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What Will July 2011 Mean for US Afghan Effort?

United States Marines from Bravo Company of the 1st Battalion of the 2nd Marines take cover outside their vehicle as a medevac helicopter leaves the scene with a wounded colleague following an IED strike near Musa Qaleh, in northern Helmand Province, sout
United States Marines from Bravo Company of the 1st Battalion of the 2nd Marines take cover outside their vehicle as a medevac helicopter leaves the scene with a wounded colleague following an IED strike near Musa Qaleh, in northern Helmand Province, sout

President Barack Obama's plan to begin the withdrawal of U.S. troops from Afghanistan next July has caused some concern in the region, and some confusion about what the deadline means.

Mr. Obama came into office in part on a wave of voter dissatisfaction with the previous administration's handling of both the wars in Iraq and Afghanistan.  As a senator, Mr. Obama was a strong opponent of the Iraq war, in part because he and others in his Democratic party believed it had diverted resources from what they saw as the more important effort in Afghanistan - the country from which the September 11th attacks were launched.

Indeed, in March of last year, just two months after taking office, the president announced his Afghanistan strategy "to disrupt, dismantle and defeat" al-Qaida, and ensure that its former Afghan hosts, the Taliban, could not return to power, and again create a terrorist safe haven.  He ordered an initial increase of 17,000 U.S. troops.  

In December, he further refined the strategy and announced what became known as the Afghanistan surge, 30,000 more American troops and about 10,000 from allied countries, along with full implementation of the kind of counterinsurgency strategy that generated significant progress in Iraq.  But the president also made clear he was not making an open-ended commitment.

"These additional American and international troops will allow us to accelerate handing over responsibility to Afghan forces, and allow us to begin the transfer of our forces out of Afghanistan in July of 2011," he said.

The goal is to degrade the power of the Taliban and increase the size and capabilities of Afghan government security forces so the U.S. troops can begin to hand over responsibility and withdraw, a process that is expected to be gradual.  But setting the July, 2011 date created concern among some in the region that that would be the end of the U.S. commitment to Afghanistan, and officials have been working ever since to dispel that notion.

They point out that the date is only the beginning of a process, and that the size and pace of the American drawdown will be determined by the amount of progress toward the two main goals - defeating the insurgents and building the Afghan forces.

Still, there is some confusion about what analyst Michael O'Hanlon of the Brookings Institution calls "a bit of a complex, nuanced message." "I think the clear overall message or takeaway is that in fact there will be the beginning of a withdrawal starting in July but, in fact, the word 'withdrawal' itself might not even be optimal.  It's not so much the beginning of a departure as it is the gradual rebalancing of who does what share of the overall job," he said.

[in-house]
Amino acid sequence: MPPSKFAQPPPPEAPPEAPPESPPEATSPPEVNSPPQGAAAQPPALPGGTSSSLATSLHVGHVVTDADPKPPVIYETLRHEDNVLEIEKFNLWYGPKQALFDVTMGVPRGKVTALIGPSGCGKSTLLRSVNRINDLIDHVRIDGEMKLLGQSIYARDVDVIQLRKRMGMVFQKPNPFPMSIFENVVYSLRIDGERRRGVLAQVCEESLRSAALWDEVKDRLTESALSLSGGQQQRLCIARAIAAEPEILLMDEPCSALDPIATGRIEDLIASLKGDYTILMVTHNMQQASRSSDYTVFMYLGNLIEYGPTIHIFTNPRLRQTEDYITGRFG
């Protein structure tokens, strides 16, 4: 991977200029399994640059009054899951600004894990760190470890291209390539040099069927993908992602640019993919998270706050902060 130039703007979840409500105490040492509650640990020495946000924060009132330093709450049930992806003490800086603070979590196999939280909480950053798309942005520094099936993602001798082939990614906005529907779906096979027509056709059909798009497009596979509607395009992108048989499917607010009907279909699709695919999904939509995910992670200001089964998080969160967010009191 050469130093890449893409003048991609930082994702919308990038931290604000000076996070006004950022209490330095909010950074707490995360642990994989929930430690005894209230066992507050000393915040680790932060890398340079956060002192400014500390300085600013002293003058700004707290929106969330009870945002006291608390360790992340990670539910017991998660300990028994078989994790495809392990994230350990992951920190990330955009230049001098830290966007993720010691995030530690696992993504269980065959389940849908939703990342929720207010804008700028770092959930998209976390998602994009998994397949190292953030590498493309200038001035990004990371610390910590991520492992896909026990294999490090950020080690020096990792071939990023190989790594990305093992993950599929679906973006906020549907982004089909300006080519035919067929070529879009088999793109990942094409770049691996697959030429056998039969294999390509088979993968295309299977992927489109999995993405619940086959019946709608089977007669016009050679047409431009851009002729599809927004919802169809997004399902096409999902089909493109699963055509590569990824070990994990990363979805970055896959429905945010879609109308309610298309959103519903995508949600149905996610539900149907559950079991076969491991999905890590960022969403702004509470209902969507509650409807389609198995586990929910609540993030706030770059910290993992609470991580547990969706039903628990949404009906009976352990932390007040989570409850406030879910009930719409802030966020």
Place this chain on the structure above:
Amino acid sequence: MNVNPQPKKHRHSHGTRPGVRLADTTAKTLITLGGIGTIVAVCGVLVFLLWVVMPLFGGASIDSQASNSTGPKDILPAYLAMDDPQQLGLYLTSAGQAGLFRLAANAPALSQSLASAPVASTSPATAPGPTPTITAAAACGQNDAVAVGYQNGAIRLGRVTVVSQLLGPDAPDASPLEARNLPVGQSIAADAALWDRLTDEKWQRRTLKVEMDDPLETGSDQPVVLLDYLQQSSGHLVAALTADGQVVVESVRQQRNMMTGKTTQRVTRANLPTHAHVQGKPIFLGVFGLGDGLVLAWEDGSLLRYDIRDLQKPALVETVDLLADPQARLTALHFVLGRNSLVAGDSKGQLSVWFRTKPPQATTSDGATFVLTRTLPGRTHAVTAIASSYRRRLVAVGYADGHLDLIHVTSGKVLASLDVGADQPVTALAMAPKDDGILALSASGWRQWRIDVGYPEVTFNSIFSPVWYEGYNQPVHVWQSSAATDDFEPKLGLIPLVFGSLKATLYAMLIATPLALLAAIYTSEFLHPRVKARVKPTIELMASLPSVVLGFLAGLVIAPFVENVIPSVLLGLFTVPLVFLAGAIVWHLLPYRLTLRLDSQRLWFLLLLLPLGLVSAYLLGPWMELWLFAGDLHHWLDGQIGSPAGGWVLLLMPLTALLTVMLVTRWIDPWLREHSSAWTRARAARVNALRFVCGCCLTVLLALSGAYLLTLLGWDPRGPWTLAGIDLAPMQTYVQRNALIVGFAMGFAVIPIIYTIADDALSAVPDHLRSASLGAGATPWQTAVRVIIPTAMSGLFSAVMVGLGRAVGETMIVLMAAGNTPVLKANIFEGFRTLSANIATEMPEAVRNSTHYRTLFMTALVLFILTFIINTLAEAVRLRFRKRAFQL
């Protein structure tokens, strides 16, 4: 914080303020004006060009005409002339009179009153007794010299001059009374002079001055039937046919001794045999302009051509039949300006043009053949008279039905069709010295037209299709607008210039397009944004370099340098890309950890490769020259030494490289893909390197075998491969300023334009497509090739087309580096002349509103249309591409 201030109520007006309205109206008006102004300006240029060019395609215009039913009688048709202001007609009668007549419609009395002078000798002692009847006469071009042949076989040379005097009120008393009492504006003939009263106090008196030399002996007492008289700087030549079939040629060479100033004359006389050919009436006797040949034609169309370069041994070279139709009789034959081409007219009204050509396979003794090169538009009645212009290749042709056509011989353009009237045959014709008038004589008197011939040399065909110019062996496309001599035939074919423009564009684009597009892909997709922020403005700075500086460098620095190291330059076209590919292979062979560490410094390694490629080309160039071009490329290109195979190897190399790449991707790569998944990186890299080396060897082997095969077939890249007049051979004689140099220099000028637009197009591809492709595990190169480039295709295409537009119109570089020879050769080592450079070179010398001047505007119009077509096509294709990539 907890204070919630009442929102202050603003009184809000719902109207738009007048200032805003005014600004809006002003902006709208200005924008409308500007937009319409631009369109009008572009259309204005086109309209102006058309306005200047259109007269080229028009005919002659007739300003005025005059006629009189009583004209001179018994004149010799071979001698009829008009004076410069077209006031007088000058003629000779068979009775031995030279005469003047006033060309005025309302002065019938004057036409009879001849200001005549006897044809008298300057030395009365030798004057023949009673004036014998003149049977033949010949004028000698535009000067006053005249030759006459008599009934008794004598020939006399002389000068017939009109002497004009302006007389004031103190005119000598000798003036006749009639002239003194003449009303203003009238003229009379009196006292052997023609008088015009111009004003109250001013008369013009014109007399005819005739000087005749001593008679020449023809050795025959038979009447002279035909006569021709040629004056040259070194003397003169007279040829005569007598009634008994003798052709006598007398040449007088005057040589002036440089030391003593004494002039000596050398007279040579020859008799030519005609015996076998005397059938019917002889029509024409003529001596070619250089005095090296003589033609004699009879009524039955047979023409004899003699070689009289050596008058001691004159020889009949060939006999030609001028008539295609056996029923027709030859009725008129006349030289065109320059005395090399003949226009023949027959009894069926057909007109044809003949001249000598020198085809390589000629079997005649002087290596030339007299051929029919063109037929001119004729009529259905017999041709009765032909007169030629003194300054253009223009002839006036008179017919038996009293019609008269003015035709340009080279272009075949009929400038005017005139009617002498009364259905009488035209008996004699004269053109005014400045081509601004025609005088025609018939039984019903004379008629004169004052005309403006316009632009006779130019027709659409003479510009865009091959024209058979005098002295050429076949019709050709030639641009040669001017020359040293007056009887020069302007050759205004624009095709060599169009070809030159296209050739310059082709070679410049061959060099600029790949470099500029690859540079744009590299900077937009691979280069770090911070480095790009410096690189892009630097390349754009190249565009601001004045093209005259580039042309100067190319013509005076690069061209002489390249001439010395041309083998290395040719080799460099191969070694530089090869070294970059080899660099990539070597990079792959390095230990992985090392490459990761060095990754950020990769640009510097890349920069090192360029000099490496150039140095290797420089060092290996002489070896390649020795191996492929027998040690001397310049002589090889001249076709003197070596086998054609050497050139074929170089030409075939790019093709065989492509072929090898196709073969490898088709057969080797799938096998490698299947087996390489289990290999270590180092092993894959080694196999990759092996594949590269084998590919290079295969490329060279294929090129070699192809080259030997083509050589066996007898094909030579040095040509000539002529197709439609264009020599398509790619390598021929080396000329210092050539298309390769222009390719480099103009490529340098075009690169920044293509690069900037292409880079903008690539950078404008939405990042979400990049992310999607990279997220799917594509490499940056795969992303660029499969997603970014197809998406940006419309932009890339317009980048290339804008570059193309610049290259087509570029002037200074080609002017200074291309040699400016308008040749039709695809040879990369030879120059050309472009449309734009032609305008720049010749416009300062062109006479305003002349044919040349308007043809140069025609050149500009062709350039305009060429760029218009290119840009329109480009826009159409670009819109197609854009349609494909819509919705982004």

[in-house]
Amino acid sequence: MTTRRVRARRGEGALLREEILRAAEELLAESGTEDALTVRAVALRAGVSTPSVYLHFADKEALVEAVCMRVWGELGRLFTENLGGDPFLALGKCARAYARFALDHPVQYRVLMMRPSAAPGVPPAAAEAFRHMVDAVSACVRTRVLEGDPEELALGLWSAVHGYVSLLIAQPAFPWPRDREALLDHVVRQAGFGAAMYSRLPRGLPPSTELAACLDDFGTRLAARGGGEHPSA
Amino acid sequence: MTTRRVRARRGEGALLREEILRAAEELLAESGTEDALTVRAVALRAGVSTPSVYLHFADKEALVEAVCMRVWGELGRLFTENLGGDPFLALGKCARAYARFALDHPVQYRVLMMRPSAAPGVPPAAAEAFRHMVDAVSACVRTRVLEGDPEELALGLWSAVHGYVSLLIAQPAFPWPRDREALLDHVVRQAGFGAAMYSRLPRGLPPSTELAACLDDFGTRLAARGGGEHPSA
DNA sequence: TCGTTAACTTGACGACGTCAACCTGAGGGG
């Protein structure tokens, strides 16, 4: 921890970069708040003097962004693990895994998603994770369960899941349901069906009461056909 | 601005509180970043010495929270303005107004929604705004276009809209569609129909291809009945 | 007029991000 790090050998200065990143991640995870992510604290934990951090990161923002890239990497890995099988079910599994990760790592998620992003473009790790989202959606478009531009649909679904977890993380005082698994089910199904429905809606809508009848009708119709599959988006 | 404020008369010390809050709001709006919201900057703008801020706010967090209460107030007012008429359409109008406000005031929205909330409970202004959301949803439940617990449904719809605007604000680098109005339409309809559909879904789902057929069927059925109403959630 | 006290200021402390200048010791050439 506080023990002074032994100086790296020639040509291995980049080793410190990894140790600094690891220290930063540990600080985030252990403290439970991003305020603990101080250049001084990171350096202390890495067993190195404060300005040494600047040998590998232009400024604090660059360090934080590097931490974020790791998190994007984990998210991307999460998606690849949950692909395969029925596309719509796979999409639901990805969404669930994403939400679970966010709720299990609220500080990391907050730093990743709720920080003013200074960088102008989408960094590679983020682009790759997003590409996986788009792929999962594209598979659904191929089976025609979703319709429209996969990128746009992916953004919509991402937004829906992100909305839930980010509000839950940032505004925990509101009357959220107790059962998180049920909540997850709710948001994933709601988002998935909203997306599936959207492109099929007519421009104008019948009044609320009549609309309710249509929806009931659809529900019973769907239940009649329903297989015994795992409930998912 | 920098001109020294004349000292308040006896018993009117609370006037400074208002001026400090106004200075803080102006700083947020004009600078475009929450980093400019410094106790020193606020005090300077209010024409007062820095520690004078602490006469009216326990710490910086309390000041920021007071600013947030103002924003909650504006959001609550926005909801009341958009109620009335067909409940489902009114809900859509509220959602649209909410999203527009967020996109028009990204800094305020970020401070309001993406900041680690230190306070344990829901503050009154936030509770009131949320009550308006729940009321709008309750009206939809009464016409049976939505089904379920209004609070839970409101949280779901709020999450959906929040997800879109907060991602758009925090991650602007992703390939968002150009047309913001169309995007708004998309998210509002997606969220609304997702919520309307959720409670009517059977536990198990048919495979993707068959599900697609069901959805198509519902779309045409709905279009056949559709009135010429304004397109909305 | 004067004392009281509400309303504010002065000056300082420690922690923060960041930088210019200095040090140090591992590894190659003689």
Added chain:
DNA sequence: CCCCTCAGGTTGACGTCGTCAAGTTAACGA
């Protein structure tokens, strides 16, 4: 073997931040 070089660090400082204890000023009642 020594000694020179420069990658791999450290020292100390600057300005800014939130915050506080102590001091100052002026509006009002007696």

Indeed, U.S. officials prefer to talk about a "process" and a "transition," rather than a "withdrawal."

"If you think of it in those terms, then it's possible to be very firm in planning to reduce forces, but it also underscores that we're by no means rushing for the exits," O'Hanlon said.

Analyst Lisa Curtis at the Heritage Foundation says setting the July, 2011 date was a mistake, even though President Obama said it would mark only the beginning of a U.S. withdrawal. "That is what he said last December, but I think that the way it was interpreted in the region was that it was an exit strategy and that the U.S. was getting ready to withdraw," she said.

Supporters of the president's statement say it put pressure on U.S. and international institutions, and on the Afghan government, to move rapidly on programs ranging from security to governance to economic development. But Curtis says the pressure has been counterproductive and set unrealistic goals and expectations.

"There is definitely time to show signs of success, to show that the strategy has the capability achieve the objectives by next July.  But I think an idea that somehow we will have prevailed over the Taliban, that we will be able to leave rapidly, in large numbers, I think that is unrealistic," she said.

Curtis says it would be wrong to leave precipitously less than a year after all the troops and international civilians had arrived, which is only happening this month.  She says the United States needs a "winning strategy" rather than a deadline.

U.S. officials think they have both, and that they will be able to demonstrate progress well ahead of next July. Defense Secretary Robert Gates said as much during a U.S. Senate hearing in June.

"We think we have the right assets.  We have the right strategy.  We have the right leadership.  And most of our allies and partners share our view that things are heading in the right direction and that we will be able to show clear progress, and that we are on the right track, by the end of this year," he said.

The end of the year is when President Obama plans a strategy review.  Indeed, officials are expected to present some sort of progress report to NATO leaders at their summit November 20.  That will provide the first indication of how the withdrawal and transfer of authority will proceed.  But officials say it will be much closer to the deadline before they will have a firm idea of how many troops will move in July, exactly where they will come from and how quickly the drawdown will proceed after that.

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